Indy's Josh Kaufman Finds Himself in Front of Millions on 'The Voice'
Not too long ago, 38-year-old Kaufman was either regularly performing solo to sandwich eaters at Potbelly on Monument Circle, or with his band, The New Etiquette, at local clubs and bars around the city.
But the venue a couple weeks ago couldn’t have been more different, as he performed on NBC’s The Voice, that Emmy Award–winning, glorified talent show that draws tens of millions of viewers to each episode. He also had to endure the pressure of winning over four multiplatinum-selling musicians—all of whom keep their chairs turned initially, their backs to the singer, unless they’re charmed by the voice behind them.
So how did he perform George Michaels’s tough vocal on “One More Try” with such ease?
“I’ve played many shows,” Kaufman tells IM. “That didn’t keep me from getting nervous, but I think it helped me to manage the nerves. And it didn’t hurt that Adam [Levine] turned his chair so quickly; that really gave me a sense of relief early on in the performance.”
Shortly after Levine turned, the other three judges followed suit, their names being Blake Shelton, Shakira, and—finally—Usher. However, Kaufman, wielding that stirring voice, chose to join Team Adam, which actually seemed rather obvious in light of the more soulful vibes of Maroon 5’s early work. “The philosophy student in me wanted to be really rational and take everything into consideration,” he says of how he chose which coach’s proverbial wagon to hop. “They all had incredibly positive things to say, which was amazing to hear,” Kaufman says. “Ultimately, the fact that Adam turned so early and seemed so engaged in the performance really swayed me.”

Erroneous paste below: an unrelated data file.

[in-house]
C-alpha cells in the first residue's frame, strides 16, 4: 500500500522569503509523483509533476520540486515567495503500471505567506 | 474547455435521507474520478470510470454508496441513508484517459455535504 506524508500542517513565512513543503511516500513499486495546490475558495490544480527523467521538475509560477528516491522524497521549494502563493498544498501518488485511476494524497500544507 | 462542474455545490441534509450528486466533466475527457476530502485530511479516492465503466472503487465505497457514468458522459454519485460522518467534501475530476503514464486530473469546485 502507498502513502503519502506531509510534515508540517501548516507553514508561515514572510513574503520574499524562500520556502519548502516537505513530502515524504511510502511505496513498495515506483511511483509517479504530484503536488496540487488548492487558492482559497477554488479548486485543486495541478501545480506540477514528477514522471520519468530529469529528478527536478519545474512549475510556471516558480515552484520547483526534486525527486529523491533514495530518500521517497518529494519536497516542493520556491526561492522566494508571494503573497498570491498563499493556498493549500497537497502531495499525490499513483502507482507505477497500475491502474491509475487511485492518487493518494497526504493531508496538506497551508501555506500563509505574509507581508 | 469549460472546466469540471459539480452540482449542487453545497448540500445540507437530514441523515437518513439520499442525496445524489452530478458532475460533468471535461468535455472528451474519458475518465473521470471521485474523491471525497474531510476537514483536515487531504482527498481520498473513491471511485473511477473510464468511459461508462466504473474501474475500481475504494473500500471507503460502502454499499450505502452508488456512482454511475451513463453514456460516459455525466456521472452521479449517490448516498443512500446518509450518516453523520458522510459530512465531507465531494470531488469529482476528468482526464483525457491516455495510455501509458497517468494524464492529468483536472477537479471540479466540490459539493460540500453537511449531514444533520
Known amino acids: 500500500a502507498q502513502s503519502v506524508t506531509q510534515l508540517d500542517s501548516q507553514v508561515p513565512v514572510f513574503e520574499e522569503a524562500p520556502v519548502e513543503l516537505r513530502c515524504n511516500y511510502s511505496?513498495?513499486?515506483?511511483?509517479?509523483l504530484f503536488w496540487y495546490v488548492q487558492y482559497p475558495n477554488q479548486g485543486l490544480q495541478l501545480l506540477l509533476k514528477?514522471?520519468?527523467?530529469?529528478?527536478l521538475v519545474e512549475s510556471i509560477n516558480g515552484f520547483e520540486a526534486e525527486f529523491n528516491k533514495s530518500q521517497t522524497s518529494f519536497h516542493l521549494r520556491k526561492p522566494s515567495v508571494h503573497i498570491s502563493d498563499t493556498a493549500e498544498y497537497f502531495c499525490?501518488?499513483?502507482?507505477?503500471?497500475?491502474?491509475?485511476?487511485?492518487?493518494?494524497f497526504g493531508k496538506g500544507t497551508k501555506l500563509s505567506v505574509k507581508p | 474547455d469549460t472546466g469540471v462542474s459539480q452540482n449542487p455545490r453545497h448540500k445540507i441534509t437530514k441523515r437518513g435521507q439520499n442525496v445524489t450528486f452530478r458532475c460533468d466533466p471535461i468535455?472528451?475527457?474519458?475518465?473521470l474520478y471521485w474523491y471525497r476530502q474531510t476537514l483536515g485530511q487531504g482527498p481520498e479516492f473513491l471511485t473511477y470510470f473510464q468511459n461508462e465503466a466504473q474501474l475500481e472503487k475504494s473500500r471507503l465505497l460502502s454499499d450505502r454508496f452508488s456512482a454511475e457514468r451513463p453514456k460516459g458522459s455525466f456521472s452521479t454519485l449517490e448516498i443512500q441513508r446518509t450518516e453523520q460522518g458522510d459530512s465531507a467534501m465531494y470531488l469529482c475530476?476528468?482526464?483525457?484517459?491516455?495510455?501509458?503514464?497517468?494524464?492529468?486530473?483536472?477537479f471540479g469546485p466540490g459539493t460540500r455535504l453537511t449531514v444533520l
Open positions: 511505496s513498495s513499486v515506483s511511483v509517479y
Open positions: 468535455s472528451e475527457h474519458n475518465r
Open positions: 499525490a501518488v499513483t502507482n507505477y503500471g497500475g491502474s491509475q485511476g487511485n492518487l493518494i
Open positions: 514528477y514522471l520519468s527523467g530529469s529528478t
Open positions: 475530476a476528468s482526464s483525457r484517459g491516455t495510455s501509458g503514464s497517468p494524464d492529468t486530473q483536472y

» Kaufman’s take on “One More Try” is available now on iTunes. He also sings the song in the video below.
As Team Adam’s intra-squad battle rounds start tonight, Kaufman will continue carving out more time in the national spotlight. He’ll also have to prove his raw-and-real style is worthy of a reality-show world that sometimes fixates itself on the same banal, regurgitated ideas and sounds.
That said, Kaufman isn’t worried about damaging his credibility. “Whether you find it in a little jazz club, or on the street, or on a big stage, or on national television, talent is talent,” he says. “If you refuse to listen to somebody just because he or she was on a reality show, then you’re making your choice based on bad criteria.”
Kaufman is simply focused on using The Voice as a (much larger and faster) vehicle to reach the masses. “I just want to have the opportunity to make good music and get it out there to as many people as I can, and being on The Voice makes that possibility more real than it’s ever been for me.”
For you Potbelly regulars on the Circle, if your meals just aren’t the same without a side of Kaufman’s vocal chops, don’t worry—he hasn’t forgotten about you. “ I have no idea what the future holds,” he says. “But I’d definitely be up for coming back to rock out for the lunchtime crowd again.”